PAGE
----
As a layperson who found political consciousness when the concept of an elected presidency was already in place, I had understood it to be an office that provides some semblance of checks and balances to a government that is overwhelmingly PAP dominated. As far as I was aware, the elected president would have the right to veto the way state assets were utilised and the power to pardon those on death row.
While I was subconsciously aware of the concept of limited power being accorded to the elected president, it did not gel with my traditional understanding of the role of the president in Singapore. The president was meant to be the constitutional head of state similar to the role Queen Elizabeth II plays in the United Kingdom. Like the monarch, the president would exercise only a ceremonial role that would signify unity and continuity above politics. No executive power would be vested in such a ceremonial head of state whose power lies in the office’s ability to influence as opposed to impose.
The Singaporean concept of the elected president is therefore a hybrid role, which mixes a degree of executive power with the grandeur as the head of state that is meant to be non-partisan but yet is elected in a process that is far from apolitical. This does mar the idea of a president that is above politics unlike the Queen who is able to play such a role because her office is inherited as opposed to by popular vote.
At the same time, the elected president would be given some covert powers. He or she would not be given the right to positively formulate policy but at the same time, the office affords the ability to affect policy through negative actions after the fact; such as the right to veto and the right to pardon. But just how far does the elected president’s supposed power to influence extend? The Ong Teng Cheong saga with regards to how state reserves were spent did not bode well for how far the elected president’s powers could be exercised.
Read more – Ong Teng Cheong: I had a job to do
On top of that, it is painfully obvious that the elected president’s power to exercise clemency on death row cases will hardly be utilised at all!
With so many nuances infused into this office – it is no wonder that both the public and candidates alike were confused by the intent and reach of the role which in turn led to the conflation of aspirational and actual issues in the presidential elections of 2011.
In light of the next presidential election in 2017, it is no surprise that public hearings in relation to the role of the elected president have been held . Chief among the issues raised was the role of minority representation in the office of the elected presidency.
While undoubtedly well-intentioned, I do wonder if the elected presidency is the right forum for greater diversity in representation. Let’s go back to basics.
What really was the intention behind the elected presidency in the first place? Based on my layperson observations, I think that the concept was evolved to counteract the lack of opposition voices. At a time of PAP monopoly, the elected president was instituted to appease those who may have been clamouring for more alternative voices within the political power base.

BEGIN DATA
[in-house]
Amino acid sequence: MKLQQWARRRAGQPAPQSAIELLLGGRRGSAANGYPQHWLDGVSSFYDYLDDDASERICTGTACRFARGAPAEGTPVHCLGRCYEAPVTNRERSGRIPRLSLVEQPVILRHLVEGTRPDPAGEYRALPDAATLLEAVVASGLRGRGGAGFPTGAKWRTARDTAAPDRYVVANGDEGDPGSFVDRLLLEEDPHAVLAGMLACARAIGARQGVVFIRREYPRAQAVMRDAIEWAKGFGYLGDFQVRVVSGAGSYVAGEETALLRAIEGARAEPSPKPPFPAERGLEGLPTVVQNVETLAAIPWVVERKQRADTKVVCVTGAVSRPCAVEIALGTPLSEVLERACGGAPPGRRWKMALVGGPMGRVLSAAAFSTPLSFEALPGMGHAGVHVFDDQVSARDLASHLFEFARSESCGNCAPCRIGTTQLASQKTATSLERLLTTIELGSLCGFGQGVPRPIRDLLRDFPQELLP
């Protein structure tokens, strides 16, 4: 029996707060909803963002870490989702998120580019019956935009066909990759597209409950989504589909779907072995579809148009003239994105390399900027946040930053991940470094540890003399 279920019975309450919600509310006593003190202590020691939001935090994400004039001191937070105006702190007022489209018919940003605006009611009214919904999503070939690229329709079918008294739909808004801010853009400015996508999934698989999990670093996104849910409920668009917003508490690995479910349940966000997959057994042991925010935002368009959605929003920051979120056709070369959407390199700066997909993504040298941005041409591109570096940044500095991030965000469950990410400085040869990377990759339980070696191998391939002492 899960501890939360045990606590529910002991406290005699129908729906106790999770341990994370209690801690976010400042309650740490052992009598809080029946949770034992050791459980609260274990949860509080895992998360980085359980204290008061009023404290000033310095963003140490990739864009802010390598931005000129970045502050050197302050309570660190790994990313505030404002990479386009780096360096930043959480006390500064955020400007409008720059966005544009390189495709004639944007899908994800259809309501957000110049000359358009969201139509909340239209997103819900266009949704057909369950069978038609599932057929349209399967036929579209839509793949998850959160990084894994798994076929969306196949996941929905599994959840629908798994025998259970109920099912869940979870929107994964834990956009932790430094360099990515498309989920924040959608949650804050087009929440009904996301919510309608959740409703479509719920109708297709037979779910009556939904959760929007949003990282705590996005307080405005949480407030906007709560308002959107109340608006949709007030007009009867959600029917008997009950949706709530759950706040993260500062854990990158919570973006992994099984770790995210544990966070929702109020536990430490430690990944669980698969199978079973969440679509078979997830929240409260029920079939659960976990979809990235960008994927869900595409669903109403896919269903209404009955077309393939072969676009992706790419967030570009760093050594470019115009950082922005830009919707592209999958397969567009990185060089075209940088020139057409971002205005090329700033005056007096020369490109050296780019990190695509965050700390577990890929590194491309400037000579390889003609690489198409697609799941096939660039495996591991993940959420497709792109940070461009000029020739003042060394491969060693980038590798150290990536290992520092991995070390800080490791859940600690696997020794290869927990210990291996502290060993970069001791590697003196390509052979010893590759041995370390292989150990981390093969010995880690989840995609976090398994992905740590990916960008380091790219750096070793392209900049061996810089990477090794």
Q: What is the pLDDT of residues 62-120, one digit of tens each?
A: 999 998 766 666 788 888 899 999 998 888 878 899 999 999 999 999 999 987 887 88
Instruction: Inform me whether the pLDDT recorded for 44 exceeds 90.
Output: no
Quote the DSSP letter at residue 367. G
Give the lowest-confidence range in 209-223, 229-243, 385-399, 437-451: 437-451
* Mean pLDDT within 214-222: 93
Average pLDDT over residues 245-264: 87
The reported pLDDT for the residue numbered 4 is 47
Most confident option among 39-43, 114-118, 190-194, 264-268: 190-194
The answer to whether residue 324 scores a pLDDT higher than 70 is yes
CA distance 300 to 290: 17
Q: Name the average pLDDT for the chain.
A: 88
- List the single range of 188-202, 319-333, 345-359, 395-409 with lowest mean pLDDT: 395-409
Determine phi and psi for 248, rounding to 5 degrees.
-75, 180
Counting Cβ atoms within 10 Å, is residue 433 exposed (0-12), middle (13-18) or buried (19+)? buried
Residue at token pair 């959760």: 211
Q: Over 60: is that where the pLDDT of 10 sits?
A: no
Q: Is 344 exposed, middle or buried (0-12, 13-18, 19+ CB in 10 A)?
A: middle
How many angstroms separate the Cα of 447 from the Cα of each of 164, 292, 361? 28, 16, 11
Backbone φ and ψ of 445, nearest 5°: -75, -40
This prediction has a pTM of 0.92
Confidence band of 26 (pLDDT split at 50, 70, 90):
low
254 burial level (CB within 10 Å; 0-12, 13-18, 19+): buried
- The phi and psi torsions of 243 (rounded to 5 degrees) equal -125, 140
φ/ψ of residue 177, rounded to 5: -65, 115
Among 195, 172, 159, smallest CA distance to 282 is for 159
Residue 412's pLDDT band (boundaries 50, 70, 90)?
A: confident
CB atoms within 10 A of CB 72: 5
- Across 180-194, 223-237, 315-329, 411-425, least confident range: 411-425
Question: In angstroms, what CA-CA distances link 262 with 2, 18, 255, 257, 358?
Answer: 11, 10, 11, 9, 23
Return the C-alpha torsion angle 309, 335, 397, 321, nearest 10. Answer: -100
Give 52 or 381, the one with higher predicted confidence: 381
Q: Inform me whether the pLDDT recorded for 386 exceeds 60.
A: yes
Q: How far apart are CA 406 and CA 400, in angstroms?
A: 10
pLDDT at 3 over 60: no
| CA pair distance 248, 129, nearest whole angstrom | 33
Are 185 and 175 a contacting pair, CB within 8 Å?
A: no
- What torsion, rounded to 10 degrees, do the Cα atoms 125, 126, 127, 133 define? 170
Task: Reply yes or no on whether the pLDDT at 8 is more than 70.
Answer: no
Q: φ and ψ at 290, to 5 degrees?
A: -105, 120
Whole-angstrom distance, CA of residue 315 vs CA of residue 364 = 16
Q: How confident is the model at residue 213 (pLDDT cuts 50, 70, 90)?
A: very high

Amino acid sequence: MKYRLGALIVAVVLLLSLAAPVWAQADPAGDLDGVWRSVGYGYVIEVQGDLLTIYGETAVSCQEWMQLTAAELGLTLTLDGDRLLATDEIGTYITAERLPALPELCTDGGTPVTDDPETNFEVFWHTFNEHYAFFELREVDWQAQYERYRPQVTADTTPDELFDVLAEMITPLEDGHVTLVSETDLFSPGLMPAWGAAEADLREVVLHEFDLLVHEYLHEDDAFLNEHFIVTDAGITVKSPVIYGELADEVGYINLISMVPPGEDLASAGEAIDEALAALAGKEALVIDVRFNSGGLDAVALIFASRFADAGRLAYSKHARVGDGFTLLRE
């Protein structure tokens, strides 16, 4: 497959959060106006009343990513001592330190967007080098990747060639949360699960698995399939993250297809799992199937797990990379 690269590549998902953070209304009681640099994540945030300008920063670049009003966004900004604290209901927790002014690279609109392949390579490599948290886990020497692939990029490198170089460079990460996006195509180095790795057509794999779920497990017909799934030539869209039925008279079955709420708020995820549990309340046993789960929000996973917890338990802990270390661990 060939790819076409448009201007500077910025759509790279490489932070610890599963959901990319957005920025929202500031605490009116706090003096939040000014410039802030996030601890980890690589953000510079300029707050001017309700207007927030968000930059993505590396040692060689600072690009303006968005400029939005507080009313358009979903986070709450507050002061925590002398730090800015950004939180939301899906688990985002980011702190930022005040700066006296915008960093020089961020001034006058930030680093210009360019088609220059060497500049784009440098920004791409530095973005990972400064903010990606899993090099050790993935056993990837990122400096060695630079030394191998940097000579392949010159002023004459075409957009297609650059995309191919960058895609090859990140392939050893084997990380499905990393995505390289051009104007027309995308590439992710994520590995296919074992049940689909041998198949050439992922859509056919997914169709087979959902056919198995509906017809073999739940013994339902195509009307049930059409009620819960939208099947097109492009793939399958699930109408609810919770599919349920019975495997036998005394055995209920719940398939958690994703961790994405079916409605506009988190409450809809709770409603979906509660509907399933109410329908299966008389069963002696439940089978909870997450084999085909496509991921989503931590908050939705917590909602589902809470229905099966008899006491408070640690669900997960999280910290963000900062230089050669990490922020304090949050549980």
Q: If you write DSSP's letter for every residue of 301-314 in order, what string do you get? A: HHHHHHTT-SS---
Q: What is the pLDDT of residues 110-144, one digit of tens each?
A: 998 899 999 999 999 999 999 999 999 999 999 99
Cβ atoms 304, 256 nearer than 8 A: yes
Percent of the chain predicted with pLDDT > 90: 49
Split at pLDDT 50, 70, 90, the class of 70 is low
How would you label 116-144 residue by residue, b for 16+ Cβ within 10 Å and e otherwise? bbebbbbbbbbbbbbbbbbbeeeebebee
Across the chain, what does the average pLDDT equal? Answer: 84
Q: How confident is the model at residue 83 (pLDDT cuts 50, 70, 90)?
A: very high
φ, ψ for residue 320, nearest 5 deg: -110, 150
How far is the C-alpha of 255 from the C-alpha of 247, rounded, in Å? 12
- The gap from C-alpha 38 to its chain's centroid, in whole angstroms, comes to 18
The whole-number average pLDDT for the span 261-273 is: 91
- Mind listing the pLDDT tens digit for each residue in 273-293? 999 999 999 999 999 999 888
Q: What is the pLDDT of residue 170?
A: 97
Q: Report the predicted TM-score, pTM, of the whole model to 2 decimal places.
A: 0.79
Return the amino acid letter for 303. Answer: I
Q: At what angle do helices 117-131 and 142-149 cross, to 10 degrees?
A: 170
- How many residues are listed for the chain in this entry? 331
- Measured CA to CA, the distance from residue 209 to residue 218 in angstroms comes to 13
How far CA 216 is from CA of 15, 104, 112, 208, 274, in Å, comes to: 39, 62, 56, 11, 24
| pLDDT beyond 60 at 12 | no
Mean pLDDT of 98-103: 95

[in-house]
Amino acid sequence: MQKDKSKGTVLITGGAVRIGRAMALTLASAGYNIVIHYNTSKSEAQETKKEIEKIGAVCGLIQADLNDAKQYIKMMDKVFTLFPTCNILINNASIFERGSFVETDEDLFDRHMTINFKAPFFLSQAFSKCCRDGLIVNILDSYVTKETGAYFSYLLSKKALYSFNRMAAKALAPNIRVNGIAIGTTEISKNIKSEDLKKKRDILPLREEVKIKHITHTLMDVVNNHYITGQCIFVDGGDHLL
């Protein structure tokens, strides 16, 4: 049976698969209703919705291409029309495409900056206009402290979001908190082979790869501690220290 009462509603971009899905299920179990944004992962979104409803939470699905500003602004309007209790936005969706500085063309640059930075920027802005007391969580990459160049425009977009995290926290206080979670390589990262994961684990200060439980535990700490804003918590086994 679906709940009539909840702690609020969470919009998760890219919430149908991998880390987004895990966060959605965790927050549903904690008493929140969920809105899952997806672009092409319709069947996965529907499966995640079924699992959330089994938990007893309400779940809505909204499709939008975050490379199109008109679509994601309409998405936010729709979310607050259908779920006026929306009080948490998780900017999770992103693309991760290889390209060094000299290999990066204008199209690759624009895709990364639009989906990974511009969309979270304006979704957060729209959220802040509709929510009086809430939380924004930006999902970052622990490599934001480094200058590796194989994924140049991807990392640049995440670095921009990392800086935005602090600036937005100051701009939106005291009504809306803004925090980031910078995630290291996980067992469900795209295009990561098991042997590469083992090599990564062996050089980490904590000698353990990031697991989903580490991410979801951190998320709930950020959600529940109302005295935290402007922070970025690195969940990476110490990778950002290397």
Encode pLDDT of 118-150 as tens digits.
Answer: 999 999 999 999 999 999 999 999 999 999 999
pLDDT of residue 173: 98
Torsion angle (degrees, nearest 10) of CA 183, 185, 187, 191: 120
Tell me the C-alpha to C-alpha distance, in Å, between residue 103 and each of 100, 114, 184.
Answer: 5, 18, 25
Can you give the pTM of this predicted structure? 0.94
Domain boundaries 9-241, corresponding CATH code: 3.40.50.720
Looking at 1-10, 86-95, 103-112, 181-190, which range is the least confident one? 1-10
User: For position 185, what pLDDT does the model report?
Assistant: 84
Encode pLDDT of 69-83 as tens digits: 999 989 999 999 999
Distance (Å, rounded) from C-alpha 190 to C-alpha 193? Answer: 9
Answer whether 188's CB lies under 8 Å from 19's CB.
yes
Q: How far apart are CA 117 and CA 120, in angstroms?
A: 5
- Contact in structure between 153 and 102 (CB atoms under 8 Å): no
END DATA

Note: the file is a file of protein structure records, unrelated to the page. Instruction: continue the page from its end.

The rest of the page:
The role was thus carefully crafted to ensure that while the office had some safeguarding powers, it had no powers to directly formulate any policies – a narrowly confined role to ensure the delicate balance between checks and balances, non-partisanship and yet elected to ensure credibility which will also appease those pesky democracy advocates for a while. The ruling government would therefore have the best of both worlds – a trump card to display their commitment to democracy and alternative voices but whose candidates are vetted by the Presidential Elections Committee (PEC) before any election.
The issue of minority representation has also been thrown into the mix leading to debate on whether the elected presidency should mandate for compulsory minority representation. I am all for our political landscape reflecting the multi-racialism of our society but should this be done through the office of the president – a role that has limited power at best?
Besides, I believe that the key lies in empowering Singaporeans to embrace a Singaporean identity with much less focus on race and a much bigger focus on nationality. Mandating minority representation negates genuine cohesion and may be counterproductive to the original intention. It also dilutes the credibility of the office of president by putting the merits of a president in question – was he or she really the best person for the job or was he or she only instituted because of his or her race?
Do we really need to further muddy the waters to this already murky role?
In our current political landscape, the key to ensuring effective checks and balance while increasing minority participation is by evening the playing field for opposition parties. MPs are democratically elected which gives the role credibility. As more Singaporeans get involved in politics, race will become less of an issue, as there will be more opportunities for minorities to be heard as Singaporeans first and foremost as opposed to as the token minority candidate.
While I applaud the public nature of the presidential hearings, I wonder if the entire concept of a president is even necessary? The United States gets on just fine with just one head of government without any complications between a ceremonial and governmental head divide.